2:00 pm EDT, April 3, 2019

Archive of Our Own’s Hugo Nomination is a win for marginalized fandom

The Archive of Our Own has been nominated for a Hugo Award, finally recognizing the importance of once-dismissed legions of creators.

Though still gaining recognition in the mainstream, the World Science Fiction Society’s Hugo Awards are the most prominent prizes given to creators in speculative fiction. Outstanding novels, short fiction, film, television, and comics are awarded at the World Science Fiction Convention. Excellent work in other categories like Fanzines, fan artists, and fan podcasts are also recognized.

This year, for the first time, fanworks have been recognized in another category. The Archive of Our Own (or “AO3”), a massive fanfiction archive run by the Organization for Transformative Works, has been nominated for “Best Related Work.” This category recognizes “Any work… which has been substantially modified… and which is either non-fiction or, if fictional, is noteworthy primarily for aspects other than the fictional text, and which is not eligible in any other category.”

In other words, this is work that is in some way transformative — material that adds to the experience of the work rather than the work itself. The other nominees in the Best Related Work category are documentaries and retrospectives, or meta-textual essays on an author’s work. The nomination of the Archive of Our Own marks the first time that creative, transformative, co-fictional material has been recognized as equal to this kind of work.

In allowing for the nomination of AO3, the Hugo Awards are broadening what it means to contribute to the experience of fiction. This process, they have recognized, goes beyond interacting with a work of fiction as it is — it also encompasses interacting with what the work might be. The imaginations and creativity of fans also contribute to the story of that original story. Talking about art by working within it is not particularly different from talking about art from a remote perspective.

As any fanfiction writer will tell you, transformative works are constantly in dialogue with the original piece. That dialogue may take the form of a Coffee Shop AU rather than an essay, but it is equally as involved in the work of commentary and reflection. Far beyond the academic or critical space, fanfiction probes and challenges original works, bolstering themes and reworking flaws.

It just also happens to be done for fun.

(And yes, sometimes there’s porn. Get over it!)

The recognition of the AO3 is doubly important as fanfiction is overwhelmingly created by women and marginalized fans. Websites like the Archive of Our Own provide a space where marginalized stories and ideas can thrive beyond perceived limits and norms. A characters’ identity can be subverted, challenged, or disregarded entirely. Queer pairings can flourish. Female characters can lead the charge, and minority identities can be centralized in stories where they had never existed.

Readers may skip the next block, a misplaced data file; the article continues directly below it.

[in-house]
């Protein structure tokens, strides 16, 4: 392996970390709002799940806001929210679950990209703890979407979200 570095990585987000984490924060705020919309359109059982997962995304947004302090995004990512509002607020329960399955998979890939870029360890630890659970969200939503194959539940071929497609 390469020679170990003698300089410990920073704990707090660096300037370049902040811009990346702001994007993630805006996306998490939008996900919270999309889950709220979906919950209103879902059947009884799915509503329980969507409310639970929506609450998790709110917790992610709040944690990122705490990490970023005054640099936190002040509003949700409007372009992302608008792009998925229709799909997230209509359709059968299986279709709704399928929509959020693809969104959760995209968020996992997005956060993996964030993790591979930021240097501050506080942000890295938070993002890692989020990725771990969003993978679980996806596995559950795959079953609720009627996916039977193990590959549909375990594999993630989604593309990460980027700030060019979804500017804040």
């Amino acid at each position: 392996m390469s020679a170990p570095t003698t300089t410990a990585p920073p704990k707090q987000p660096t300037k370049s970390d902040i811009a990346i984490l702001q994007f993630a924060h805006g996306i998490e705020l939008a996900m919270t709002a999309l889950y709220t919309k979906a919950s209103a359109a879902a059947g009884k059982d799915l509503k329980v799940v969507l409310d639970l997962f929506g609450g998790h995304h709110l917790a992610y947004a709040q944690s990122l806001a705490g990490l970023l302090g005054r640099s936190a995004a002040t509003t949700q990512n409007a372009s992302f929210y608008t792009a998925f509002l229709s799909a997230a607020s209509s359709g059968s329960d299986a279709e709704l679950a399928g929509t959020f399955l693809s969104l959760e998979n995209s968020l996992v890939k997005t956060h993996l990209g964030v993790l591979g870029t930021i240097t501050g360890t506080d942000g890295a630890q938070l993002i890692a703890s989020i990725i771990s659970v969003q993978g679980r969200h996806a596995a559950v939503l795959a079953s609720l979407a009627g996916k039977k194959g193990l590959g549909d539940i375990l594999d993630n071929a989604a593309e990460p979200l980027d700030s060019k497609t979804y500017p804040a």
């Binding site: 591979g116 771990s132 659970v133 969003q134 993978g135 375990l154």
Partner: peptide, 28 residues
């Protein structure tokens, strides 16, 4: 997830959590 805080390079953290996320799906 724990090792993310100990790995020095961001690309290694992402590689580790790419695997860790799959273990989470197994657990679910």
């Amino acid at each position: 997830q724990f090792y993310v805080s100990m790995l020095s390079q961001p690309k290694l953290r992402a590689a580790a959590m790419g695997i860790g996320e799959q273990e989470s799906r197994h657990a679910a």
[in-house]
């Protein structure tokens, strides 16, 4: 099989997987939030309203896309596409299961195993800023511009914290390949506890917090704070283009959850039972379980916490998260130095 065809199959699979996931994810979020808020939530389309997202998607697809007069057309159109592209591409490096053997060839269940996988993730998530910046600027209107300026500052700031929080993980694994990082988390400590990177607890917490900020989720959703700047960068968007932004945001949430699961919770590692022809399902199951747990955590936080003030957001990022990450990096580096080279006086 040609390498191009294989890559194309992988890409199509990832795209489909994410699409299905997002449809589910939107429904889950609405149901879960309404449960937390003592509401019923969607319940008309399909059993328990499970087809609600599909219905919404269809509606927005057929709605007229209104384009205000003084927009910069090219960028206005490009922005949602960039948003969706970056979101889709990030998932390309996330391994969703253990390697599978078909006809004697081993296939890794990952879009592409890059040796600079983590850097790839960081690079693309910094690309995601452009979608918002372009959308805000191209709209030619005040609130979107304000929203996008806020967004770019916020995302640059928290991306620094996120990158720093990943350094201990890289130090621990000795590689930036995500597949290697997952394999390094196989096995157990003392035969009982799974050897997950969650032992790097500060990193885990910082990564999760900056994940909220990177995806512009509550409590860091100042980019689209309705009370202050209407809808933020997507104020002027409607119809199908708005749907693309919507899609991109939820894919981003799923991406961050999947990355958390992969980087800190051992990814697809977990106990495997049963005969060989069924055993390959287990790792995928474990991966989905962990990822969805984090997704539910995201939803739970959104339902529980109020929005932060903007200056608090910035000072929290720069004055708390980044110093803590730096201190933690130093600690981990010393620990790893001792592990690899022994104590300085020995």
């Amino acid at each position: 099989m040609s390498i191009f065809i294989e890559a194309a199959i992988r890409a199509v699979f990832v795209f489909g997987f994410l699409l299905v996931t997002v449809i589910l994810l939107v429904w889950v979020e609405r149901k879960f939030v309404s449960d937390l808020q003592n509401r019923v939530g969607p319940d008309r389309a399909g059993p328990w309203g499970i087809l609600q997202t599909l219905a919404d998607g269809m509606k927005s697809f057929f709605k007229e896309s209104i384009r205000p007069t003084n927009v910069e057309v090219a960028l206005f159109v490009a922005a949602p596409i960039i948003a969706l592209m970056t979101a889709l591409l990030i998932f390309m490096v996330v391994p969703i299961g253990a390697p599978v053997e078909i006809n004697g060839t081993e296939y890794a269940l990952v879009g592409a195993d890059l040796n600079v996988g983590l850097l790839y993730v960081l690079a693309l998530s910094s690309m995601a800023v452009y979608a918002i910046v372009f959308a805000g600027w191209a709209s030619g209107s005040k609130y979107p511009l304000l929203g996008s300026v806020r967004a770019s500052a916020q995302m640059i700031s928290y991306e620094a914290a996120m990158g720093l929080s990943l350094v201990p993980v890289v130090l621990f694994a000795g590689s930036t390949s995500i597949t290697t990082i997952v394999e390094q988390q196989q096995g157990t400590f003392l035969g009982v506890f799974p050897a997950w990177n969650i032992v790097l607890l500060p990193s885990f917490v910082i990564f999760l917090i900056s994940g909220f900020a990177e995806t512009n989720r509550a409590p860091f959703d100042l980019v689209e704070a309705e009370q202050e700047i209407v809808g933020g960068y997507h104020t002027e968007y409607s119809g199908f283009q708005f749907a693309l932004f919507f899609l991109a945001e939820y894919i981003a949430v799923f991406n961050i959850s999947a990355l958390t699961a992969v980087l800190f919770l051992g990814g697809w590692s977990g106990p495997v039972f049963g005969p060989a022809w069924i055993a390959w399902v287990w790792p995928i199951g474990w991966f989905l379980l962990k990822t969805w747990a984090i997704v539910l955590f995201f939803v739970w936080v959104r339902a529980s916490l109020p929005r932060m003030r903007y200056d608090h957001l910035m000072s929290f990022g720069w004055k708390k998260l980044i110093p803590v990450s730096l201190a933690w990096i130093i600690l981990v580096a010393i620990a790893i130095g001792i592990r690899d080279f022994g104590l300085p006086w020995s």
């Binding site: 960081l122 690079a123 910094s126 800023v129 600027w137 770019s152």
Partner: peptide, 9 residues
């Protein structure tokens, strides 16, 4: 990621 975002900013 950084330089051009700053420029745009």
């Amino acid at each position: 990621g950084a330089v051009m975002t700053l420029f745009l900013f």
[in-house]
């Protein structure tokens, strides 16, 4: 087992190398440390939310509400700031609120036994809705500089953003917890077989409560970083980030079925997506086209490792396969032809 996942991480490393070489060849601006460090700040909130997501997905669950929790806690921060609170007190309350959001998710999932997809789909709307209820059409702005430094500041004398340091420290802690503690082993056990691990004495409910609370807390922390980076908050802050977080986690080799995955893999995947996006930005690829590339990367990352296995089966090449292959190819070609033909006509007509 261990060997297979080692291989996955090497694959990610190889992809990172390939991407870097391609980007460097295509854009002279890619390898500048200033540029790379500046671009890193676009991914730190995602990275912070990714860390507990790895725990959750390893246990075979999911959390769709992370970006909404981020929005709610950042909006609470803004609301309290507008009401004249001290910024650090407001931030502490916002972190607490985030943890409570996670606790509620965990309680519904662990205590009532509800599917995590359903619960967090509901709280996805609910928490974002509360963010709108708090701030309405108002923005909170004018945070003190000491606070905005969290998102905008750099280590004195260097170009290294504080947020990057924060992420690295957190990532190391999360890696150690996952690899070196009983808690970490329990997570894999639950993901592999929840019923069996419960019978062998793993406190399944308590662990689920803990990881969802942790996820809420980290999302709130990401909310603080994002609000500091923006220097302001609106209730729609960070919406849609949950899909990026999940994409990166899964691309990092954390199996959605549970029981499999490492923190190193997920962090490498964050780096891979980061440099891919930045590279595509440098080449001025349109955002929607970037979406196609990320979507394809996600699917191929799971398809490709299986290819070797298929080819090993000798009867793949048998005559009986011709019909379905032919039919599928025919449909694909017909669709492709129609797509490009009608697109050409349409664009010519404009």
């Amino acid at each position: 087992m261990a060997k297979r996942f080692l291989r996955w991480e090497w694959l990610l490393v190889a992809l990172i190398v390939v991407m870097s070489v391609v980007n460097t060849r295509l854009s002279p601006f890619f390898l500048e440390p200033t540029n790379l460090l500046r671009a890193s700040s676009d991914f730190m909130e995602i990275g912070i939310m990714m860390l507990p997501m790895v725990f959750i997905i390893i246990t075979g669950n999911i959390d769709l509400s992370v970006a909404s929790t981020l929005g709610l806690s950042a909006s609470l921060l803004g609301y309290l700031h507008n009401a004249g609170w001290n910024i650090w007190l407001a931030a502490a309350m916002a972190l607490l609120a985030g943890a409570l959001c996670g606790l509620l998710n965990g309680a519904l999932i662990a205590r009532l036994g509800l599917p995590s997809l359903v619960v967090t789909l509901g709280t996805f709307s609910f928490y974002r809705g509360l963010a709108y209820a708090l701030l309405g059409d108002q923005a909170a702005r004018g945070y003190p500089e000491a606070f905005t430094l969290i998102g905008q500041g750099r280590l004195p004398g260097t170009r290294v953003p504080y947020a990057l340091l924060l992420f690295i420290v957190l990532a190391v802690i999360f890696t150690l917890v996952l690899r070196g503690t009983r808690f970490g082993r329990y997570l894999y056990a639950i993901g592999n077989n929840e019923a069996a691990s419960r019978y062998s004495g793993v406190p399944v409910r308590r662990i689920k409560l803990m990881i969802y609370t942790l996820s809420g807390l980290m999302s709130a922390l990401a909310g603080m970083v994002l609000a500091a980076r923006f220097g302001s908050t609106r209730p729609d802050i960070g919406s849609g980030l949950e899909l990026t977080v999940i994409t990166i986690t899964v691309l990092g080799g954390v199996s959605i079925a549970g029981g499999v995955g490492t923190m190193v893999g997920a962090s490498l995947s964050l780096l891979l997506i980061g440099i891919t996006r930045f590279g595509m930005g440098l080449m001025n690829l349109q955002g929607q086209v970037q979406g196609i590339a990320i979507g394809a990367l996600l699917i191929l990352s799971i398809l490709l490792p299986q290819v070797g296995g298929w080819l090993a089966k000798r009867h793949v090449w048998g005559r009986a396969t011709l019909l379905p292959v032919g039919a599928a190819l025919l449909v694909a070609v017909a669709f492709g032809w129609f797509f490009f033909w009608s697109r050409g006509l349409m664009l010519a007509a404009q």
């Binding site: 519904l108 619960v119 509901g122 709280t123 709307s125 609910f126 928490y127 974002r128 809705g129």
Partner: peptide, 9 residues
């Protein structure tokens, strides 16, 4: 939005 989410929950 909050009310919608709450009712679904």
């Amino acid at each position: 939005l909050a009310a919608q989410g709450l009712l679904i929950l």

This is all part of the dialogue with these specific works and in fact, the constantly-shifting fandom canon. Fanfiction talks about what isn’t in these stories by putting it in and seeing what happens. Put more women in The Lord of the Rings. Create a Black Student Union at Hogwarts. Make manly Captain Kirk work the counter at Sephora. How does that change the art and our feelings toward it — and why?

The value of this kind of active experimentation goes beyond conversation. It’s also more than the self-contained fiction from which fanfiction develops. Transformative works allow women and marginalized fans to widen the window of what is possible in the stories of the future.

The work of diversity and representation can’t just take place in passionate op-eds or on convention panels. It also has to happen creatively, and the free world of fanfiction is prime real estate for that transformation.

So in recognizing the Archive of Our Own in its nominations, the Hugo Awards are doing more than nodding to a feat of sophisticated code or fandom collective. They are validating the reality of change; change in who has access to dialogue with art. Change in how that dialogue is crafted and regarded. And change in the very art itself, and the unlimited spectrum of people who are empowered to become creators.

The winners of the 2019 Hugo Awards will be announced on Aug. 18. Find out more information about the Hugos and the World Science Fiction Society at their website.

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